Shyra Leyde (right) and Sophia G., make sandwiches at CafeWorks in Everett on Wednesday. The pair are currently completing CafeWorks’ Youth Barista Training program, which lasts 13 weeks. (Ian Terry / The Herald)

CafeWorks program provides an avenue away from poverty

This is part of The Daily Herald’s annual report on charity in Snohomish County. Complete list of stories

EVERETT — One of the baristas bustling behind the counter Wednesday afternoon has a 15-month-old son at home who loves to dance. The other is working toward a goal of going back to school.

They’re halfway through a 13-week internship at CafeWorks. The three interns who went through the program before them all are holding down jobs. They hope to do the same.

CafeWorks Youth Barista Training started in January and is part of Housing Hope’s HopeWorks Station at 3331 Broadway. It’s the newest of three efforts there, all geared toward reducing poverty in Snohomish County by giving people who have struggled with unemployment and homelessness a place to gain job skills and experience.

CafeWorks received a $25,000 grant from United Way of Snohomish County this year. It’s one example cited by United Way CEO Dennis Smith of the type of efforts the nonprofit wants to support.

United Way this month finished rolling out an updated plan for how it distributes money. The last time the nonprofit overhauled its plan was in 2001, Smith said. The new focus is “breaking the cycle of poverty.”

The plan calls for United Way to direct 30 percent of its investments toward early learning with the goal of increasing the number of third graders who meet grade standards. Another 30 percent is expected to go toward reducing the number of households struggling to make ends meet. United Way estimates that one in three families in Snohomish County are struggling and the goal is to cut that in half.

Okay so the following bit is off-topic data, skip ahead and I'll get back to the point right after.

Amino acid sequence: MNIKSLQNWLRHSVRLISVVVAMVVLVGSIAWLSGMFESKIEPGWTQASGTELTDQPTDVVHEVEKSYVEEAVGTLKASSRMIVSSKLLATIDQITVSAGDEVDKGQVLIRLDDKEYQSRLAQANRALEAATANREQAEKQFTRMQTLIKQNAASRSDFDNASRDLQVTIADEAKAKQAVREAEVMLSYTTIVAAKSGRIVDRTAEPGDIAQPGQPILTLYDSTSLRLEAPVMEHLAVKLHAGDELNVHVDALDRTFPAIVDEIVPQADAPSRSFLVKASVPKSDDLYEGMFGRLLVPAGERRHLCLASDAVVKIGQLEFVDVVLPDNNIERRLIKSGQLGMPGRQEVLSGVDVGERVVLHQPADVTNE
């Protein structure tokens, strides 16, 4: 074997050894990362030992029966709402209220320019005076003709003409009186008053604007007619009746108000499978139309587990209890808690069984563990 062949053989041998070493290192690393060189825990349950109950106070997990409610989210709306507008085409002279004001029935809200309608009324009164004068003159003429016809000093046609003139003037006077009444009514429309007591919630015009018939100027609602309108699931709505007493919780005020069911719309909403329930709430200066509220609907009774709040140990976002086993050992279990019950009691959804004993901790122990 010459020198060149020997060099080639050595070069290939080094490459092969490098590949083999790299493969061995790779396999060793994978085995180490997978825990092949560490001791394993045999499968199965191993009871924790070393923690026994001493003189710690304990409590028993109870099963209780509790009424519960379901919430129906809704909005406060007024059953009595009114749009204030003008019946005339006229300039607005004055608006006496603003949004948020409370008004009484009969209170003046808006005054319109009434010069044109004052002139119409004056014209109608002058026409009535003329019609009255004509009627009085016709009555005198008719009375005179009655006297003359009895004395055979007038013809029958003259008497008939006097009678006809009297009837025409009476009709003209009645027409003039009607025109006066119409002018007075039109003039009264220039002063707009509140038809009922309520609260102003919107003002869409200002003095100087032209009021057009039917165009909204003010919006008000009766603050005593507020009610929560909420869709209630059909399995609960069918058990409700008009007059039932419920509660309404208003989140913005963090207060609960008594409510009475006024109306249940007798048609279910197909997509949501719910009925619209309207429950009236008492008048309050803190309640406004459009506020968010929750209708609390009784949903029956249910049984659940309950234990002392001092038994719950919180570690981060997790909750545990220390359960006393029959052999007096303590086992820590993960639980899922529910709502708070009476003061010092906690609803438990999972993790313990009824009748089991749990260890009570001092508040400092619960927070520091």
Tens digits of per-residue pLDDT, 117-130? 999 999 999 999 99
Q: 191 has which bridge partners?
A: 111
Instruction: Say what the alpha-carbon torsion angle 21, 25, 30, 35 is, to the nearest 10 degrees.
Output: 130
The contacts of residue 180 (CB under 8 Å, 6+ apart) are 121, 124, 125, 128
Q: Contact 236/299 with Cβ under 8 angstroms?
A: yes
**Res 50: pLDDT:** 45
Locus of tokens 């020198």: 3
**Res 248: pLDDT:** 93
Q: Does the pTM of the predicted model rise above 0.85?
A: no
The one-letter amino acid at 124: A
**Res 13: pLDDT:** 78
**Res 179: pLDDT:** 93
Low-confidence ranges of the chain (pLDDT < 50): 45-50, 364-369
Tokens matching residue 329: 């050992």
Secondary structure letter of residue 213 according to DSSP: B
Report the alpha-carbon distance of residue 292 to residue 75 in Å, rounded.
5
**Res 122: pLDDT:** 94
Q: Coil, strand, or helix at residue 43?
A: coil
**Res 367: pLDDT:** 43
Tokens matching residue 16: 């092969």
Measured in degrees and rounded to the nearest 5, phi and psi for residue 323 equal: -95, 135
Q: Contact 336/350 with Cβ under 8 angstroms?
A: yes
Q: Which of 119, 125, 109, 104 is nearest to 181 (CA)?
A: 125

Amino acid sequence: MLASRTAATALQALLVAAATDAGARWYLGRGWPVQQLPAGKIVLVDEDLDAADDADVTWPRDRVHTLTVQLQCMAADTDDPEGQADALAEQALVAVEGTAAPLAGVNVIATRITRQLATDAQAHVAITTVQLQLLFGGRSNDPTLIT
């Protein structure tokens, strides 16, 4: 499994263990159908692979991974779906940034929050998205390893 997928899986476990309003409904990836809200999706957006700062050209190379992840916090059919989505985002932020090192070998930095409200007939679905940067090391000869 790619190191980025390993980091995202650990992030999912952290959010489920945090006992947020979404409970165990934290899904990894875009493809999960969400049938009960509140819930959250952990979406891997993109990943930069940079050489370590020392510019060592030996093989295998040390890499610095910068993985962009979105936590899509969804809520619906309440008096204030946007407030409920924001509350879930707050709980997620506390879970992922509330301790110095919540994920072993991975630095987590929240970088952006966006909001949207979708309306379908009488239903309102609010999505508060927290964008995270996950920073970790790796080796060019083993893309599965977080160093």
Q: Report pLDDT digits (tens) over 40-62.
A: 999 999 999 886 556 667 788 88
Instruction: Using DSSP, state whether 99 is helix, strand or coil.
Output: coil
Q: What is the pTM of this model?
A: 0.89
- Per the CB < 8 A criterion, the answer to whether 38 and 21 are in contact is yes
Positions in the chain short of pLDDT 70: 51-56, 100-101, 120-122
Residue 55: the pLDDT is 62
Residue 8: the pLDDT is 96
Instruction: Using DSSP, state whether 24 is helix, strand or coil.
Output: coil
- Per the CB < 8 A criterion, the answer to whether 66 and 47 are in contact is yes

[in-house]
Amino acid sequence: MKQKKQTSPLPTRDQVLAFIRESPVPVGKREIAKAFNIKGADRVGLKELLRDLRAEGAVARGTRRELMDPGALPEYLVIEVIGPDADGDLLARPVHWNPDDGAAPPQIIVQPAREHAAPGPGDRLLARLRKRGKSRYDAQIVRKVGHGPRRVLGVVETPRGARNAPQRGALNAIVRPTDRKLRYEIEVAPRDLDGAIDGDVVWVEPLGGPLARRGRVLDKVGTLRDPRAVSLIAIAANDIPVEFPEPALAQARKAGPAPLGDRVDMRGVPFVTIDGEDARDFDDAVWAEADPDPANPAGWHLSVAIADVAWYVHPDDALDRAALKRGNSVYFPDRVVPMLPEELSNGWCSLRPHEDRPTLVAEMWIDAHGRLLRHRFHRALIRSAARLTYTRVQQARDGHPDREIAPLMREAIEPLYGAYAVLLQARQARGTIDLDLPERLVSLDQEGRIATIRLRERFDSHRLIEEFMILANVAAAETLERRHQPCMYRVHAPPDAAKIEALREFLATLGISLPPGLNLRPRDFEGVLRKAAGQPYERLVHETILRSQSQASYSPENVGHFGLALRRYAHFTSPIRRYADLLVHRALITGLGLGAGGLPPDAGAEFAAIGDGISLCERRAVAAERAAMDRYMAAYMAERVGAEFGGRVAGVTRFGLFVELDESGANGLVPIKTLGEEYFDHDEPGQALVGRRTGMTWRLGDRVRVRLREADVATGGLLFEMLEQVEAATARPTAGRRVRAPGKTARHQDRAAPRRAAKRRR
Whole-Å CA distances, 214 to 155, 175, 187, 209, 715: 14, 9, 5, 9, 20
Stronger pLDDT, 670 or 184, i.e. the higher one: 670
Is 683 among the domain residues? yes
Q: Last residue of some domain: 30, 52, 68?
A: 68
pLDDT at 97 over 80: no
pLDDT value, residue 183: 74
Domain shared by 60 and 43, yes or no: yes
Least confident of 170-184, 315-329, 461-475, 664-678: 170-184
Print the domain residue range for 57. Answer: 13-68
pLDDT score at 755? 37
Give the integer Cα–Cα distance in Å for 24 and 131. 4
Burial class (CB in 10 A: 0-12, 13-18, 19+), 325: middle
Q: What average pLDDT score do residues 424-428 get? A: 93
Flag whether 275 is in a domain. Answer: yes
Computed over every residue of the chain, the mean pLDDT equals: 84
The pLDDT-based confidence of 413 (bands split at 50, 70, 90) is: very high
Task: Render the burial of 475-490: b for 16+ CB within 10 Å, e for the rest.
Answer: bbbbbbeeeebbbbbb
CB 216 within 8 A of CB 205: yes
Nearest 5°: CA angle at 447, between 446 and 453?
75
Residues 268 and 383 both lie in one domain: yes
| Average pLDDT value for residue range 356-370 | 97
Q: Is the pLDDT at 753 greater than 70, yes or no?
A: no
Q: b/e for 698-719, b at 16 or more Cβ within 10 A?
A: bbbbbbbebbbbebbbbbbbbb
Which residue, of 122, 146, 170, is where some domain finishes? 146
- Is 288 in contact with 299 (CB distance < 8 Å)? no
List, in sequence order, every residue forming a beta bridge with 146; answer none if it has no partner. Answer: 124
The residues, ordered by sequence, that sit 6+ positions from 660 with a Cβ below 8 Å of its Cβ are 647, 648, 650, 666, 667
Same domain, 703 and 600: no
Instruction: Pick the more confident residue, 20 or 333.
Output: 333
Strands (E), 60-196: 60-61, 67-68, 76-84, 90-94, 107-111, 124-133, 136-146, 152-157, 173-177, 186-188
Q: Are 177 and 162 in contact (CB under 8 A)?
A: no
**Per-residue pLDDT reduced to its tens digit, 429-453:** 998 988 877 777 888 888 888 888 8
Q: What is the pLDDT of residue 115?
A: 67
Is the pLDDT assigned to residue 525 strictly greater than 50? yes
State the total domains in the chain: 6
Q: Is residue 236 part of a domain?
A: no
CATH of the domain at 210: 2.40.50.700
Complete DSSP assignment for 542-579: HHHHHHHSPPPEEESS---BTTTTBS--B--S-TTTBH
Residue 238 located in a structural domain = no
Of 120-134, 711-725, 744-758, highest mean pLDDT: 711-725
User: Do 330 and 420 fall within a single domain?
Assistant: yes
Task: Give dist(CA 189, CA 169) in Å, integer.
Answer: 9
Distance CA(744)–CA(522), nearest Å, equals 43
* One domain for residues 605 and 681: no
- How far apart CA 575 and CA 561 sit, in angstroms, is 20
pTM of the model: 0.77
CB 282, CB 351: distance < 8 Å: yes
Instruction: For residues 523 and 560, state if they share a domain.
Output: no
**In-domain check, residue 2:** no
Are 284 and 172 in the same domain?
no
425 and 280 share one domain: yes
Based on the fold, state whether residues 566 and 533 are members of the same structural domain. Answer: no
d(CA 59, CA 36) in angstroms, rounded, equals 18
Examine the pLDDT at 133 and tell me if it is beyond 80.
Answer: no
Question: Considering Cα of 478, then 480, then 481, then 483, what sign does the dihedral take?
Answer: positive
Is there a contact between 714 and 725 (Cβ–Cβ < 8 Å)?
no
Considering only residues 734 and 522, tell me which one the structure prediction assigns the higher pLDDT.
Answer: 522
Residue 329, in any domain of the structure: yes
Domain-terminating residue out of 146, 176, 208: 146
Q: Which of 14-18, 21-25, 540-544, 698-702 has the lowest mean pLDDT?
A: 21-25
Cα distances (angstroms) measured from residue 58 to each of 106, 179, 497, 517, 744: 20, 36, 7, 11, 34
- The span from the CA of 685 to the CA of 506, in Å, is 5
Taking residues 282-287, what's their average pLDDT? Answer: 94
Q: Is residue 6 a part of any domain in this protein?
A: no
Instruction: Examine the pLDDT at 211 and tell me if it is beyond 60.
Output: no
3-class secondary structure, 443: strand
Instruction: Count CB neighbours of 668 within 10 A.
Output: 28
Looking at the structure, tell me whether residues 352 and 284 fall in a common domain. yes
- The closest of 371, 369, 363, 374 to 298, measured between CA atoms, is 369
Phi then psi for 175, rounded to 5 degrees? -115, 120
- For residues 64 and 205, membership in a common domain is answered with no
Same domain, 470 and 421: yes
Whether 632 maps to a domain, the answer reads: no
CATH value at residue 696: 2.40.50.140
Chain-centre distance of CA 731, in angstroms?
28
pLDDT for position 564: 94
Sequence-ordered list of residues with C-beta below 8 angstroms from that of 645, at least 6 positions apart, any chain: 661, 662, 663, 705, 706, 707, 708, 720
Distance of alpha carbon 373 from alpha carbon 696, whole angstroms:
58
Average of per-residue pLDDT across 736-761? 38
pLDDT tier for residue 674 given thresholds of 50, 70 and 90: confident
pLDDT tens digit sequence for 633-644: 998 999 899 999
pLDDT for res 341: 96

Basic, immediate needs such as housing, food and health care make up another 30 percent of planned spending. The remaining 10 percent is for other services, such as the 211 hotline.

“When we talk about breaking the cycle of poverty, we talk about what causes that and how we can push a lever to change things,” Smith said.

Job training is one lever.

Sophia G., 18, used to live at Cocoon House. She left an unhealthy home life, got her GED at Job Corps and wants to become a teacher. She’s one of the interns at CafeWorks and said the experience is preparing her for a job to help pay for college.

Shyra Leyde, 24, wants to work as a barista someplace where she can make enough to help support her son. The hardest part of her internship at CafeWorks is being away from him, she said.

They’ve learned to stay positive and make the most of the work day, they said.

The grant from United Way tells Housing Hope Chief Strategic Officer Ed Petersen that CafeWorks is moving in the right direction.

“As for breaking the cycle of poverty … we don’t want to bring people into our internships just to get an experience,” he said. “We want to open up a career pathway for them.”

Charley Bielawski, manager of CafeWorks, said she’s grateful to be able to combine her love of coffee with a needed service.

“The interns here don’t want a hand-out,” she said. “They want to make it on their own.”

CafeWorks is one of 56 programs selected this year for $2 million in grants from United Way under the focus of breaking the cycle of poverty.

How to help

To support Housing Hope and CafeWorks, visit the cafe at 3331 Broadway or go to HousingHope.org.

To donate to United Way or learn about volunteer opportunities around the county, go to GetConnected.uwsc.org.

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